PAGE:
Professor Shares E-Mails
From Father Ragheed
ROME, JUNE 13, 2007 (Zenit.org ).- "The situation here is
worse than hell," Father Ragheed Ganni wrote to a former professor
the day before he and three deacons were shot after Sunday Mass
in Mosul, Iraq.
Father Robert Christian, a theology professor at the Pontifical
University of St. Thomas Aquinas, the Angelicum, in Rome, spoke
at the requiem Mass held in that school on Tuesday. There, Father
Ganni had studied theology and ecumenism.
On June 3, Father Ganni and three deacons, Basman Yousef Daoud,
Ghasan Bidawid and Wadid Hanna, were killed in front of the Church
of the Holy Spirit.
Father Christian began his homily, saying: "On Saturday,
June 2, I received an e-mail from Mosul. In part it read: 'The
situation here is worse than hell, and my church has been attacked
a few more times since we last met. Last week, two guards in it
were wounded after an attack. We shall meet in the near future
and have a chat about all these events. God bless, Ragheed.'"
Father Christian continued: "The patriarch of the Chaldeans
called them martyrs. And martyrs, who conform closely to the passion
and death of Jesus Christ, have been revered since Christian antiquity
Father Christian called a hell that which "those left behind
experiencing: Ragheed's family and friends; the flock he pastured;
his Chaldean Church, other Christians, and yes, Muslims, too, trapped
in the senseless vortex of blind hatred and violence that is daily
life in Iraq."
"Ragheed could have fled," Father Christian continued. "As
far as I know, he came to Italy three times after he returned to
Mosul upon finishing his licentiate in ecumenism at the Angelicum.
"But Ragheed had a strong sense of his priestly duty to be
an icon of the Good Shepherd for his people."
Father Christian also read a message he received from Father Ganni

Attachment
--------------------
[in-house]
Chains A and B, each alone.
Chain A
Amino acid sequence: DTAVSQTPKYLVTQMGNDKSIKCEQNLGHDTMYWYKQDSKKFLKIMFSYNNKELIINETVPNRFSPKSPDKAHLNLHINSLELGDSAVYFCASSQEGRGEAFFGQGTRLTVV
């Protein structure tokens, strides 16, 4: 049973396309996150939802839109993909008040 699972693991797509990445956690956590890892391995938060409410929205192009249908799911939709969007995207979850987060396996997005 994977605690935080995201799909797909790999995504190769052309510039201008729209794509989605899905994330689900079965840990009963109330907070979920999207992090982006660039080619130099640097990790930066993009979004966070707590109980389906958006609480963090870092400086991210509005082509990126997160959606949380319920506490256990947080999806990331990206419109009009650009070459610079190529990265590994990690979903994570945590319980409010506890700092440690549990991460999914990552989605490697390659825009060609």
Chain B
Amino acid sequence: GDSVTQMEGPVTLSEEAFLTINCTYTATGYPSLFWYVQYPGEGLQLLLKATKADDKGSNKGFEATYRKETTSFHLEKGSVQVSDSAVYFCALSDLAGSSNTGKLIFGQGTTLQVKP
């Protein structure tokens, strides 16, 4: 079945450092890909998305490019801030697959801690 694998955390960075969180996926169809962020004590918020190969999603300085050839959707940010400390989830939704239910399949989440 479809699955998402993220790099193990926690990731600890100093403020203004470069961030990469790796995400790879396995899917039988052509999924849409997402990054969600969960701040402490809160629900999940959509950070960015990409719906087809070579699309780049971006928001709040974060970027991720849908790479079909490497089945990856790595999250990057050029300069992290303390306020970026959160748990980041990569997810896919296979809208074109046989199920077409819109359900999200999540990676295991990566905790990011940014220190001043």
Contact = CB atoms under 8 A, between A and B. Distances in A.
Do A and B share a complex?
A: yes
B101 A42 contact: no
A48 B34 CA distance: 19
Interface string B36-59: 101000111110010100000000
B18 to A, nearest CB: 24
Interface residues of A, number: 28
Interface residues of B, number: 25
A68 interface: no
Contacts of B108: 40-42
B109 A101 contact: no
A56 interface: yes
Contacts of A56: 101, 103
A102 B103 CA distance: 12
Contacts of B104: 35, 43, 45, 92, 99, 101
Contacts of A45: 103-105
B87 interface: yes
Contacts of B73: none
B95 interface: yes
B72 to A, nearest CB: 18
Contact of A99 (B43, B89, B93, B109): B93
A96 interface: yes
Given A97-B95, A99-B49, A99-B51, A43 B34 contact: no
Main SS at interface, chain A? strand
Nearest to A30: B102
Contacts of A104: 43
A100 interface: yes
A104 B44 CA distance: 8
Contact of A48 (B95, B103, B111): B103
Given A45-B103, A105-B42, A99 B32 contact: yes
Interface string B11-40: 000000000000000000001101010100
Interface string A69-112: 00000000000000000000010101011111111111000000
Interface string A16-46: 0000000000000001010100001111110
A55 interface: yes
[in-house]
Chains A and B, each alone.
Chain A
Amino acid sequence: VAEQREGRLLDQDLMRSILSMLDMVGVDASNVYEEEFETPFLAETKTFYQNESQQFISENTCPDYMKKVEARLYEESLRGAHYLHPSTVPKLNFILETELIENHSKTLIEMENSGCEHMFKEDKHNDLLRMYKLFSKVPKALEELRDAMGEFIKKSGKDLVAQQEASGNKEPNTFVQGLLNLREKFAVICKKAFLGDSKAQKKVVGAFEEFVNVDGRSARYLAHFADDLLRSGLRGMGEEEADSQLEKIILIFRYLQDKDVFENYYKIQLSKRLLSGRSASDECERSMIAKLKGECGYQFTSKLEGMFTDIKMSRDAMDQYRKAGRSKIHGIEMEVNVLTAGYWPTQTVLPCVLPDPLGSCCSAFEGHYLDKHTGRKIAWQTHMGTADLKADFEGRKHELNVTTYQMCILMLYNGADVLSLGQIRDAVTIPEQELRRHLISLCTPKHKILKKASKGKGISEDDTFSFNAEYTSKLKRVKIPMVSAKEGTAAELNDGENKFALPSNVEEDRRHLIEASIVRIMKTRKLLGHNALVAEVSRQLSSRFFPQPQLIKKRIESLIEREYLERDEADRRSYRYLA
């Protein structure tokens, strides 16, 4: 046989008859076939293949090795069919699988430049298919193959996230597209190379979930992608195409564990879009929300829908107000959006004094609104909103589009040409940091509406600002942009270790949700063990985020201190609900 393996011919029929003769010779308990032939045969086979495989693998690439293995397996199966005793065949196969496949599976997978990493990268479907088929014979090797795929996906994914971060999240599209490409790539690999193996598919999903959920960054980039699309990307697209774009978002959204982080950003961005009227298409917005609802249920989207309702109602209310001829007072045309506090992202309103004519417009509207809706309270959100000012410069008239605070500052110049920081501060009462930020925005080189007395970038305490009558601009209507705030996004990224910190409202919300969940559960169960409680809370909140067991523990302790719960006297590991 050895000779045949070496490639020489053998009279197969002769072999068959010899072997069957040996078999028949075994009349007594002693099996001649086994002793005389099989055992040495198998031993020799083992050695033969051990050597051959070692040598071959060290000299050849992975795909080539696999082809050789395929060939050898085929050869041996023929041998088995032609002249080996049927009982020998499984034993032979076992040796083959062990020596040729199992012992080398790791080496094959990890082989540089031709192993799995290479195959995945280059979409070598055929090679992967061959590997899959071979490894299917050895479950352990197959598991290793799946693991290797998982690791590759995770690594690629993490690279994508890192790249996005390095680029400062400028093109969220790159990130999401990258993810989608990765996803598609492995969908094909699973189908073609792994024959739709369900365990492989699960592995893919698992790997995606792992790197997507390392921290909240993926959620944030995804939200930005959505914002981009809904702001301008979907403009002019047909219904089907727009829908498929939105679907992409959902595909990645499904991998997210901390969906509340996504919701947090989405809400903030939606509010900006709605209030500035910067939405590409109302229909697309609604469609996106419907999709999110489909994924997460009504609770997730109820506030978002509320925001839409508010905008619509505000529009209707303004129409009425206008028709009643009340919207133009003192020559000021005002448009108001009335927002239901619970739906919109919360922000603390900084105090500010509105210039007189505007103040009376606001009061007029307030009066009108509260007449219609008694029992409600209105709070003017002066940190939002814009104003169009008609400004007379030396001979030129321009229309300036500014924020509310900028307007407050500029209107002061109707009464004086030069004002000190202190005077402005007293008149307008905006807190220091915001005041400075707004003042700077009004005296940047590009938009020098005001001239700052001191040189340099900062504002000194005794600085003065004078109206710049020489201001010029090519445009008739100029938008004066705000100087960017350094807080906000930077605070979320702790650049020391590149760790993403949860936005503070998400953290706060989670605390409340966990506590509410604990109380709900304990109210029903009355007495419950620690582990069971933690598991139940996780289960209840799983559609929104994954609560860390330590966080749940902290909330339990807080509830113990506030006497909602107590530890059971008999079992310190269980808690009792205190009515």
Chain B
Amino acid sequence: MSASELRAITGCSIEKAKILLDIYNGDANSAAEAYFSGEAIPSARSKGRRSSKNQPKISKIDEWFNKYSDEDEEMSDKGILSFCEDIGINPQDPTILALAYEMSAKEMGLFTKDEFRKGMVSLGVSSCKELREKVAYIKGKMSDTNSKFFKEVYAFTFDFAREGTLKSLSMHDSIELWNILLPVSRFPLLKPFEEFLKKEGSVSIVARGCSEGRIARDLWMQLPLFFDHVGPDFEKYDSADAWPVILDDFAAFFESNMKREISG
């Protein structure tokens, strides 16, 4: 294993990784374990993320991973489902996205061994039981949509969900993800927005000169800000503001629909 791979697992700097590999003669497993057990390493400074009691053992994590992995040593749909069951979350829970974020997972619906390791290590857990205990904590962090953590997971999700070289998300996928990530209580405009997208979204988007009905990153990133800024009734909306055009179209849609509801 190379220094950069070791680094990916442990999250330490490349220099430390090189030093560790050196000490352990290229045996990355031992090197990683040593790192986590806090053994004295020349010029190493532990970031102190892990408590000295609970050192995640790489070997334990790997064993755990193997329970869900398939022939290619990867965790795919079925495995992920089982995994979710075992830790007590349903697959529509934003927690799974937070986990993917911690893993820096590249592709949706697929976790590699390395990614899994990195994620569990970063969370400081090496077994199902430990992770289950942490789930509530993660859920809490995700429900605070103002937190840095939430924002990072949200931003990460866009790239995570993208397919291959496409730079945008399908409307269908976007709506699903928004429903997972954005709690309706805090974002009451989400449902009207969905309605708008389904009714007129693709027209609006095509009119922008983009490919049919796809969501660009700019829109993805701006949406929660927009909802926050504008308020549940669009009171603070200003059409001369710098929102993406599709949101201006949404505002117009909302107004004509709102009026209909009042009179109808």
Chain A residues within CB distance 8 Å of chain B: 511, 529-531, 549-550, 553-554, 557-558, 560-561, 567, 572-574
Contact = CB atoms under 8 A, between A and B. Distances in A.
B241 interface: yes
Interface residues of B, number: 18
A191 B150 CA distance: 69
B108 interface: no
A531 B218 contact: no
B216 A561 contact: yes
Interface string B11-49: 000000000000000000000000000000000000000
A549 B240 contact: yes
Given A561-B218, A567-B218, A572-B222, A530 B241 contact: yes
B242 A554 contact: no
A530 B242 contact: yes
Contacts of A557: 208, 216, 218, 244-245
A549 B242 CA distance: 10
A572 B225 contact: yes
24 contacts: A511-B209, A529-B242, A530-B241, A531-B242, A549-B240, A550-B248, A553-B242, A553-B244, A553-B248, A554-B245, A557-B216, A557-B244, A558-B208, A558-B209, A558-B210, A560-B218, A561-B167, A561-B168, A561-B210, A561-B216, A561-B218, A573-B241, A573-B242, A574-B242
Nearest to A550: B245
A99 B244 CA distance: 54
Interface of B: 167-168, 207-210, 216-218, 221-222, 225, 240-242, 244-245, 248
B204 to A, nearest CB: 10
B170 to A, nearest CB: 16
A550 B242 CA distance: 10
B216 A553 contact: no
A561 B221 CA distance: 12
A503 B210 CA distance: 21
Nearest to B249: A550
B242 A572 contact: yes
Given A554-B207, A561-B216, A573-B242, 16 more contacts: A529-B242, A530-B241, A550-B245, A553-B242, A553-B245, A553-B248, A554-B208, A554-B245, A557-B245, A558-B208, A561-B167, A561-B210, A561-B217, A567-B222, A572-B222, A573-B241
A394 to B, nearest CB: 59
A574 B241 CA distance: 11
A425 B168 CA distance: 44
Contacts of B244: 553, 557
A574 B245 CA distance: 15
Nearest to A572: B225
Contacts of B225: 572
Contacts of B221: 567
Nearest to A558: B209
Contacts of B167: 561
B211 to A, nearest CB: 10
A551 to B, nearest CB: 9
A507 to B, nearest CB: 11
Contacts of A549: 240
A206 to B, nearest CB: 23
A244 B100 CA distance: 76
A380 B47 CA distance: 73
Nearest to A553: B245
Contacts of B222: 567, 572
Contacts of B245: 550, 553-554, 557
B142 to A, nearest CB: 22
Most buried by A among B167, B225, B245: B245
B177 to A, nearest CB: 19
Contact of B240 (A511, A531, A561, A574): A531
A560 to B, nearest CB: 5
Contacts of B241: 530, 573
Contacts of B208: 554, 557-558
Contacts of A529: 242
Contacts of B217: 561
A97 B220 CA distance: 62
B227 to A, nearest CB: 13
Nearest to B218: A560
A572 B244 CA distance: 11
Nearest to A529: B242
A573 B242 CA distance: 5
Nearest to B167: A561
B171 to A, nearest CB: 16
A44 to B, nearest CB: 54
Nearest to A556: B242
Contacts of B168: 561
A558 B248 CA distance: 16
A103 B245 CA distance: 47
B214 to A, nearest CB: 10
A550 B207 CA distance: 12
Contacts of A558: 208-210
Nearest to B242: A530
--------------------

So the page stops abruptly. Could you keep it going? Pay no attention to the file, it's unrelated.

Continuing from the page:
It read: "Dear Father Christian, How are you? I'm really
happy to get your message, and to know that there are people who
still think of and pray for my country.
"The situation, as you can follow in the news, is dreadful.
Christians are suffering twice, first because of the situation,
second because of their religion.
"The Pope's speech lit a fire in the city. A Syrian Orthodox
priest was beheaded; my parish church was attacked five times.
I was threatened even before that priest was kidnapped, but I was
very careful about moving around. I postponed my vacation twice
because I couldn't leave the city under such conditions.
"I was planning to travel to Europe on Sept. 18, but I moved
it to Oct. 4. Then I had to change the date to Nov. 1.
"Ramadan was a disaster for us in Mosul. Hundreds of Christian
families fled outside the city -- including my family and uncles.
About 30 people left all their properties and fled, having been
"It is not easy but the grace of the Lord gives support and
strength. We face death every day here."
These words show, Father Christian said, that Father Ganni "knew
he was facing the threat of death for his faith. But he also knew
that staying there was his duty, giving courageous witness to our
faith in the resurrected Lord."
The professor continued: "We are used to teaching future
leaders of the Church. When we hear about one of our former students
becoming a bishop, we rejoice. But having taught a martyr is something
else entirely. And sometimes we professors learn from our students.
"The emotions are strong: sadness, pain, anger and the feeling
"However, there is the awareness that we are before a person
who was prepared to pay the supreme price; a person who wanted
to live and die heroically; a person ready to shed his blood for
the life of the faithful. This awareness humbles us."
Body and blood
Father Christian explained the source of Father Ganni's
fortitude: "The strength of Father Ragheed was the Eucharist,
and in his homilies he taught the faithful that the body and blood
of Jesus, who was sacrificed and resurrected, strengthened the
union among the members of the mystical body of Christ.
"May the Eucharist give us the courage to live and die like
"Giving into the temptation of revenge does not honor Father
Ragheed, but rather promoting peace, dialogue, and constructing
or building a civilization of love."
On Sunday, another requiem Mass was celebrated by Father Joseph
Chedid in the Church of St. Roukoz of the Antonine Maronite order
In his homily, Father Chedid, an Antonine priest and friend of
Father Ragheed, spoke about the "souls of the martyrs whose
blood was shed to witness to the word of God."
He asked the faithful to pray to the Sacred Heart of Jesus for
the Iraqi people, and especially for Christians, to remove the "dark
clouds hanging over them during the dreadful situation they are
(Source: Zenit News)